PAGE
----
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‘A Nasty Boy’ tests Nigeria’s masculinity

Richard Akuson

Make no mistake Nigeria’s “A Nasty Boy” is not a gay online magazine.

Lagos, Nigeria | AFP | In a country where homosexual acts can be punished with 14 years in prison, this provocative website featuring photos of men in mini-skirts is simply “pushing the boundaries and exploring masculinity”.

Richie Akuson, the 23-year-old founder, makes up for what he lacks in years with confidence and audacity. Even in “bum shorts” — the local name for hot pants.

“Last year, I challenged myself — walking through Abuja with silk shorts,” he told AFP. “People insulted me loudly, they were making insulting comments, it was quite a painful experience.”

He decided to recount his experience in Bella Naija, the country’s leading digital lifestyle magazine where he worked at the time as fashion editor.

His article, titled “Why I Wore Bum Shorts Around Abuja For a Day!”, provoked a fierce online debate.

The comments flooded in — many to accuse the young provocateur of exhibitionism, others to congratulate him for his principled stand against convention.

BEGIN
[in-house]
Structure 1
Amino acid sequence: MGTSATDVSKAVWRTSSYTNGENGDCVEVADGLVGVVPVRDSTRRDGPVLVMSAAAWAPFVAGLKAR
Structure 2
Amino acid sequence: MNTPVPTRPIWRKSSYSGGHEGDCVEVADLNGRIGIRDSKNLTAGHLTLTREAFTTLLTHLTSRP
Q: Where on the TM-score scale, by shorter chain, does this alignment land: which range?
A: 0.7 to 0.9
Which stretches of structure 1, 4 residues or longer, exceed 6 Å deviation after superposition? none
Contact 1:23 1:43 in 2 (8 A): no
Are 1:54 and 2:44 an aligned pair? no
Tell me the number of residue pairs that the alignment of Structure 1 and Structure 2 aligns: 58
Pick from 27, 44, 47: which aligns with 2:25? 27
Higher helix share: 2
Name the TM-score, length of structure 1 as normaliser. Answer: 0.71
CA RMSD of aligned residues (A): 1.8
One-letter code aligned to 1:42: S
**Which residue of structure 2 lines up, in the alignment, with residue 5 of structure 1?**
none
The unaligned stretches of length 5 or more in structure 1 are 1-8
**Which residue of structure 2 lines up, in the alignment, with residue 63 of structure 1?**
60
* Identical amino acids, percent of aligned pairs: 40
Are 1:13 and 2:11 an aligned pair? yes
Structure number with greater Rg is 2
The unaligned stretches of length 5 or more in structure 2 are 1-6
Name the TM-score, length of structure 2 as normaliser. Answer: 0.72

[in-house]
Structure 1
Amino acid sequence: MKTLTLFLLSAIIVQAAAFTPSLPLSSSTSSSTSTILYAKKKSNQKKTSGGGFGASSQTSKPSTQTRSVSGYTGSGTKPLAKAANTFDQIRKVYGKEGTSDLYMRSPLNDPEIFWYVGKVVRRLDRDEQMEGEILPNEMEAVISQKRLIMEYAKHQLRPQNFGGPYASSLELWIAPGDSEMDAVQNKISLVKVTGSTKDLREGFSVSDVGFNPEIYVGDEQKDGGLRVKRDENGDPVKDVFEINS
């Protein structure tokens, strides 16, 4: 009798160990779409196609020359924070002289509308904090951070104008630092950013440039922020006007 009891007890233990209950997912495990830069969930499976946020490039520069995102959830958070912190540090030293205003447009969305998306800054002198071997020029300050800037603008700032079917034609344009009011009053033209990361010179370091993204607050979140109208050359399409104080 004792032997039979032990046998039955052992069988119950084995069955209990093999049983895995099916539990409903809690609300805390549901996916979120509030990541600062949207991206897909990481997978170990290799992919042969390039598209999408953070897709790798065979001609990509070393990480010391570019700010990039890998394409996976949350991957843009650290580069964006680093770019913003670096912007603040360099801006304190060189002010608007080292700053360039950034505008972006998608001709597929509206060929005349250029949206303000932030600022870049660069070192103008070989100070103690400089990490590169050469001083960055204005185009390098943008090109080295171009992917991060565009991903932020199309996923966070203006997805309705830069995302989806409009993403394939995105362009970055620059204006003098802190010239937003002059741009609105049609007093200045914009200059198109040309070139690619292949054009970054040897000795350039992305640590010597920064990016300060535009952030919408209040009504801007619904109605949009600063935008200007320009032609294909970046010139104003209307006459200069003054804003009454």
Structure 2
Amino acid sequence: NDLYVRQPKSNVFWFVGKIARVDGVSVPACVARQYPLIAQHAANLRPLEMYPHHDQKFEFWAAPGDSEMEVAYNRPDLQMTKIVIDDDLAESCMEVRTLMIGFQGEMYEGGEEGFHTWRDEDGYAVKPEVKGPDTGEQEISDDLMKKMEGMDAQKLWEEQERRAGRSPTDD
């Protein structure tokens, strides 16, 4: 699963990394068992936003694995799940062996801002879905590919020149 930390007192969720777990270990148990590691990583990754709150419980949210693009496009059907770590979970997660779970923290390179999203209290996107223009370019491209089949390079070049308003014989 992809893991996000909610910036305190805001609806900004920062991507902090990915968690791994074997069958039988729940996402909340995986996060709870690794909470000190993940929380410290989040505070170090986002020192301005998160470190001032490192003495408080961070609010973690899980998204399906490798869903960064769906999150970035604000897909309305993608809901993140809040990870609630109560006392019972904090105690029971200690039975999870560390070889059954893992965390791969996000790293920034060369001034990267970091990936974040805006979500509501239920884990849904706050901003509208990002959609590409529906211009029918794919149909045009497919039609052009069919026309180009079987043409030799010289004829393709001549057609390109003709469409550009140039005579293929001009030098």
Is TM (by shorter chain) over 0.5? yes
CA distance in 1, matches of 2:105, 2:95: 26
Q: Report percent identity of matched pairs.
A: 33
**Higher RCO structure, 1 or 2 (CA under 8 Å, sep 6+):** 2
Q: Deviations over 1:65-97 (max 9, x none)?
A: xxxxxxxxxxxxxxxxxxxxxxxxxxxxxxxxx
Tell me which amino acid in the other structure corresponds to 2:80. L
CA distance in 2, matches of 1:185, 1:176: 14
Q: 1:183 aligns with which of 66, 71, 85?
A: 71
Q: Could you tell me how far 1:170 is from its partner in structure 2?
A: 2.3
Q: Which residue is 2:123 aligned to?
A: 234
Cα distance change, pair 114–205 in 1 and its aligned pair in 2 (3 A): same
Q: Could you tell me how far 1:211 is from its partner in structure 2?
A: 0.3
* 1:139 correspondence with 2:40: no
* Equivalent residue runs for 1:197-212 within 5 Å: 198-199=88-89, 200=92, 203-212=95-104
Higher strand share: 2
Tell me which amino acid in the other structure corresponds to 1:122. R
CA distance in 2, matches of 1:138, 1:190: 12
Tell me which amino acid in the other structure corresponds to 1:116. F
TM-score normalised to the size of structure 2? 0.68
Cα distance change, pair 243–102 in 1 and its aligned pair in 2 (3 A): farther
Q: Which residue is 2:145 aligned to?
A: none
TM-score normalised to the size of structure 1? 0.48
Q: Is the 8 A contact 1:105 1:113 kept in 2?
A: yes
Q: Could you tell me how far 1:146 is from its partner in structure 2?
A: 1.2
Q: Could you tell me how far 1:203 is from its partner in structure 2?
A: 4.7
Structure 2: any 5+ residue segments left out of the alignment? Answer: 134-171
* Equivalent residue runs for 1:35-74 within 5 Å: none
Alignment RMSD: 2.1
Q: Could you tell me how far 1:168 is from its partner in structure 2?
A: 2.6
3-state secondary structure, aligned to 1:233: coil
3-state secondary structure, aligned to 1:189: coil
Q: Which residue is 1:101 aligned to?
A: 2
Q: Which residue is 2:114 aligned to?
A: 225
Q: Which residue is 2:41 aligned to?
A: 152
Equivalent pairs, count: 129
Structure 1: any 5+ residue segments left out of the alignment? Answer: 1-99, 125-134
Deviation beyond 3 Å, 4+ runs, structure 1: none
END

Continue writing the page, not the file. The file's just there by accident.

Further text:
– ‘Huge, huge ego’ –

“I was surprised by the reactions, and I thought that we really need to debate these issues, to debate around what is masculinity in Nigeria,” he said.

His site’s first online posts, published last February, were at best baffling to many in a country where everything associated with homosexuality is seen as an affront to religion.

Androgynous male models wearing make-up were pictured posing on a beach in Lagos, oozing sex appeal.

Another article was illustrated by men sporting oversized Afro-style wigs and towering on high heels, lifting their denim mini-skirts.

The images are undoubtedly provocative, but never sordid, and their quality is on a par with the major fashion magazines on sale in Europe and North America.

Richie claims that Nigerian men typically have a “huge, huge ego”, and that his work is intended to hold up a mirror.

“Nigerian men are always on edge to protect what they define to be masculinity: you have to be strong,” he said.

“No compassion for others, and a lot of money. The paradox is that it makes them very fragile at the end, behaving like bullies.”

Having scandalised many with his initial web offering, Richie now plans to launch a print magazine to extend his brand.

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